Deep Sea

I kept thinking to myself, Deep Sea… Deep Sea…, but I couldn’t come up with the last word.  So I just stopped at Deep Sea.  This piece reminds me of pictures you see of the ocean depths where there is little light.  I see eddies and currents and mysterious life forms that can’t be named.  This piece started from a failed attempt at printing a photo.  If I remember correctly, my daughter printed a photo on the wrong side of the paper.  Consequently the ink didn’t adhere and the inks all ran together.  I was fascinated with the result and I kept it.  I found it this weekend and decided to base my miniature off it.  When I glued it down I got some matte medium on the top and in smoothing it I smeared the ink.  I then used my brush to make some sweeping strokes along the left side which I pressed with paper towel for texture.  I decided that water running through the ink should be interesting so I started applying water and turning the piece this way and that to make designs.  I also took a straw and blew at the water to get some finer lines.I like the lacy texture in the background that is a result of the original ink drying.  Voila, the second of my water series.

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6 thoughts on “Deep Sea

  1. cool. yeah, i see water here. altho i get the sense of crystalline ice fractures in the laceyness and the color has a coolness to it that goes along with that frozen cool feeling. i like the water edge lines that dry around pools. i find the texturing of this work very appealing. your work often evokes a strong feel in it for me. i like that too.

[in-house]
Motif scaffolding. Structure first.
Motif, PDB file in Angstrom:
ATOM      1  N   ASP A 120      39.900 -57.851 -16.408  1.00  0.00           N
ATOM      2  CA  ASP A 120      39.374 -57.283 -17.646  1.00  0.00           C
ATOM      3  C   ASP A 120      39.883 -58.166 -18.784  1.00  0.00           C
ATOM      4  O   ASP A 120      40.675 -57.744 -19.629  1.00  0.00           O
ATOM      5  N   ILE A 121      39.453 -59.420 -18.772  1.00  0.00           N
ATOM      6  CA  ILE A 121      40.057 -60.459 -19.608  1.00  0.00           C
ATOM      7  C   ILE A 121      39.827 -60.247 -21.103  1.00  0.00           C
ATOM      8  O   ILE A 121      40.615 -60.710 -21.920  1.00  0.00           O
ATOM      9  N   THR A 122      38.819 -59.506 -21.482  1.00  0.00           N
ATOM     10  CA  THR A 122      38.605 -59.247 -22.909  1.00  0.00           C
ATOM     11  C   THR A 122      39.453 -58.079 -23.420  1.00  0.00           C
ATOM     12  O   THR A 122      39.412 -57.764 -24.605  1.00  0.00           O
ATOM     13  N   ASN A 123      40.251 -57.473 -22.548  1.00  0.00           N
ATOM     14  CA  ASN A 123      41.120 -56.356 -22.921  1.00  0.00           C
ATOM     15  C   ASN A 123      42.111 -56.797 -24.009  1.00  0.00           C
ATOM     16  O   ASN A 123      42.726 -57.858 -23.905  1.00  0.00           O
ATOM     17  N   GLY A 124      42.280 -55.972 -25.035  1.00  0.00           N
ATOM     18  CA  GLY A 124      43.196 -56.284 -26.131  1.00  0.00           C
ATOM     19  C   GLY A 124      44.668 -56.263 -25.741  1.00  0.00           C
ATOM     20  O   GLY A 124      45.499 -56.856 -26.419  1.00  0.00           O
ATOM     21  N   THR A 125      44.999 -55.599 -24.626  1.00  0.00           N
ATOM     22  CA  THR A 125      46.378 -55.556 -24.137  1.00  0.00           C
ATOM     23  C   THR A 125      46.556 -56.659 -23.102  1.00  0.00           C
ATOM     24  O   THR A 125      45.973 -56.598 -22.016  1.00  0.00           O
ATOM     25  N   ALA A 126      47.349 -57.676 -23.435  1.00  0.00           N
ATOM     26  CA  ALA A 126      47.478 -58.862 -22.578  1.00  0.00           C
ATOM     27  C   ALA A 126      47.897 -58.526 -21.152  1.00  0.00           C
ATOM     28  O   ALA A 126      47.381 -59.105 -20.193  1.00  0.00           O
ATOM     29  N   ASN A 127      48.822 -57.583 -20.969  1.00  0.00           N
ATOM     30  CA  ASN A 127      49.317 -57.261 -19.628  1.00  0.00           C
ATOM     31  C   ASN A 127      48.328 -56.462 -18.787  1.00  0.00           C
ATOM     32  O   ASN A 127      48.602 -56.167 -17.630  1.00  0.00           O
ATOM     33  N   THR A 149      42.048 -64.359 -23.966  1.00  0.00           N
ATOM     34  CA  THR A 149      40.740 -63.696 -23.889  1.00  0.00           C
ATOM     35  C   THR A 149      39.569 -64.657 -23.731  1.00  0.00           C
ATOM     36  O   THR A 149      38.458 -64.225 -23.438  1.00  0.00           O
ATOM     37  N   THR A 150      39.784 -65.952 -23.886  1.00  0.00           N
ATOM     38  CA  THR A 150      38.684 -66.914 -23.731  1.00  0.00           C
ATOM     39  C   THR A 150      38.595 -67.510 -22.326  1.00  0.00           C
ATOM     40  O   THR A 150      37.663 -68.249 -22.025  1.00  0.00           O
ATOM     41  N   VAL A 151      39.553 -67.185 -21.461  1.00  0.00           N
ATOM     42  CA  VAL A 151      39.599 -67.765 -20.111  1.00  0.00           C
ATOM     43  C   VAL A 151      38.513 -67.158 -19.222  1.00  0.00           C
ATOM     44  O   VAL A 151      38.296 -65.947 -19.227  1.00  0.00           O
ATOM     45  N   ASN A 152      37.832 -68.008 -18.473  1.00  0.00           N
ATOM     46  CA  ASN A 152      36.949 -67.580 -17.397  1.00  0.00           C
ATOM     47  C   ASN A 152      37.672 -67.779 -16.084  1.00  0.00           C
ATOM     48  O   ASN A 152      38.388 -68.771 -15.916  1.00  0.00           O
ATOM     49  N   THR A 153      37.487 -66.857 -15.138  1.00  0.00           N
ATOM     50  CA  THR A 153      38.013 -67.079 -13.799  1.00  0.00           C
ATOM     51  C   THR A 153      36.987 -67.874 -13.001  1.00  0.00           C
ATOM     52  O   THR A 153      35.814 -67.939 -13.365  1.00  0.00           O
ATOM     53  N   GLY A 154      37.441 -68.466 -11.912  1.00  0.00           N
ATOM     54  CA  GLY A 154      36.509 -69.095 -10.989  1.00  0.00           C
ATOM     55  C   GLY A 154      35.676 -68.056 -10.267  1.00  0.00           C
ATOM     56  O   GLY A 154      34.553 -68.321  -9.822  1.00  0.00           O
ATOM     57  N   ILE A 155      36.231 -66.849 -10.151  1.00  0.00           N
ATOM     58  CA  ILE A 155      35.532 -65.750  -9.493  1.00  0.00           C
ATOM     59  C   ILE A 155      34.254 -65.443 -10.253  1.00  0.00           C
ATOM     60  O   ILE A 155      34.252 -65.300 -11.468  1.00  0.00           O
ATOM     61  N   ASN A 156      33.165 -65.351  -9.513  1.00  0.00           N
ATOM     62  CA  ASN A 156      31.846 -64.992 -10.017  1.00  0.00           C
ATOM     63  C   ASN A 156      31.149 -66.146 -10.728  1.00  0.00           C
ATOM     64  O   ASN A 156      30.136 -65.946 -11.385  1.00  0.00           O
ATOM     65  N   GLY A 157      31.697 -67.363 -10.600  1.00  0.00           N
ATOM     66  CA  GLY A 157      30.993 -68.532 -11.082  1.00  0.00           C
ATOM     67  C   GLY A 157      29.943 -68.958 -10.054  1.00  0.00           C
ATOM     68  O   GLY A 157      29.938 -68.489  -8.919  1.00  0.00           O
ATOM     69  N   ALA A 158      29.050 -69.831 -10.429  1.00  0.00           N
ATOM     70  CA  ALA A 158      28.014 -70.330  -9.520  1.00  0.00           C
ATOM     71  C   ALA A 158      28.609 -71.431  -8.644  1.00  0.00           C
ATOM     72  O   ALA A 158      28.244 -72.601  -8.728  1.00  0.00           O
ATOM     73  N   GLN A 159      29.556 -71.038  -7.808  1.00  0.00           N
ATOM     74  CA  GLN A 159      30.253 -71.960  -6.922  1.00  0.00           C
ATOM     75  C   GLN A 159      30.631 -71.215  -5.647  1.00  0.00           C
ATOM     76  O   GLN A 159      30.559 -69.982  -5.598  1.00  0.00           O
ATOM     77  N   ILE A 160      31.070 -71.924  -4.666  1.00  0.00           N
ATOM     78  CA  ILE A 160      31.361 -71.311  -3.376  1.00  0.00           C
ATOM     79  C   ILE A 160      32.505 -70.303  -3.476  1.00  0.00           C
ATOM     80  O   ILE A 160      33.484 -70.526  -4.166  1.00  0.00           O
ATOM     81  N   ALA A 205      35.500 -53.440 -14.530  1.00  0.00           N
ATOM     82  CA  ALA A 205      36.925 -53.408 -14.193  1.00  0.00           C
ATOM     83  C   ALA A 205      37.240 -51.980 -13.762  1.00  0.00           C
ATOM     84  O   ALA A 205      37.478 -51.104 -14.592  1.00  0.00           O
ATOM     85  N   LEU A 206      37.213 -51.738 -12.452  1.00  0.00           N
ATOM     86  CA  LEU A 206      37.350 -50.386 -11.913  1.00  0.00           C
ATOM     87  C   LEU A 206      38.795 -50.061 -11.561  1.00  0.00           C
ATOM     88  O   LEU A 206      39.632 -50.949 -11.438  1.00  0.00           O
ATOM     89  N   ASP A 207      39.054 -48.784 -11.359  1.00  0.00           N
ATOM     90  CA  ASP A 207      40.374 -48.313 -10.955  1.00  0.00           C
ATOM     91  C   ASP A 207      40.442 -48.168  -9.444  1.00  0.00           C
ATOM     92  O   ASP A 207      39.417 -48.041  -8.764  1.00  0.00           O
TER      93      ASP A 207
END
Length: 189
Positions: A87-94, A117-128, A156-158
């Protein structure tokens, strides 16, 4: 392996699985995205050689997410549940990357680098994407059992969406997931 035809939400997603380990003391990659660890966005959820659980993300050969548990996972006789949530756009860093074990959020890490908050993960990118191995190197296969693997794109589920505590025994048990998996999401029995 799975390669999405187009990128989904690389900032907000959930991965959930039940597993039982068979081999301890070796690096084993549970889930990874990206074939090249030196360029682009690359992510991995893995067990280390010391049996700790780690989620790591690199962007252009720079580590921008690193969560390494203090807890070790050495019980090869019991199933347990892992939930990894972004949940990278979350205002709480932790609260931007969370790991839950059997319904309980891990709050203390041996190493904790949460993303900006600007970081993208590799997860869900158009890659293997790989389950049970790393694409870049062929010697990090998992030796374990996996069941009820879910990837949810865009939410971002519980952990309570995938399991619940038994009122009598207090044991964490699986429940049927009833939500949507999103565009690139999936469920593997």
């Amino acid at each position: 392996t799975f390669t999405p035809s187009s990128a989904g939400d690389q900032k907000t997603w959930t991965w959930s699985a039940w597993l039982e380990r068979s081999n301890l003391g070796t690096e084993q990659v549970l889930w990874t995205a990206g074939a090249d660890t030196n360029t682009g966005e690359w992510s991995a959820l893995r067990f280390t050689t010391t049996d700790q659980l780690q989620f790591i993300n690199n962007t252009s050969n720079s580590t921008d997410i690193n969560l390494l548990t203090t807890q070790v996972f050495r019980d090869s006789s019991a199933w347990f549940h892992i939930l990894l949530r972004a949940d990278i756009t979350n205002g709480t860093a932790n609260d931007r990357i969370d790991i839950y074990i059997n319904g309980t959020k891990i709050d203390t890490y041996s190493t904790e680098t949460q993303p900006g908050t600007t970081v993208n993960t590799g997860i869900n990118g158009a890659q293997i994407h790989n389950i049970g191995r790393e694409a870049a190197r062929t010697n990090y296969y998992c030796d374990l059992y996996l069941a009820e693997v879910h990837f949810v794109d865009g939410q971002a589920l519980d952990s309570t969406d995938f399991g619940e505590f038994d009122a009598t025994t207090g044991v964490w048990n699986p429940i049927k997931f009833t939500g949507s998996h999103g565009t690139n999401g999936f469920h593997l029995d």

• You’re so right. Why didn’t I see that. I needed your keen insight. Thanks! The colors are cool and the lacy patterns defintely could convey an icy surface. So maybe the currents and organisms I see have actually been frozen in time. I’m so glad it and my other work has moved you because I am always trying to attain that goal in my work. Thanks again.

      • oh, i think the fact that we initially see work like this in slightly different ways is great. it seems to me that good work helps us become reflective of our self, in our self – as well as gaining insight into the creator/artist and world around us. your work allows the viewer to explore in many ways (imo) because it is rich and unified among other things – and so very much “touched by human hand”. yeah. way excellent.

      • Thanks Rick. You’re so right about gaining insights. And it’s interesting to see where our work takes us when we don’t try to dictate, but rather, follow.

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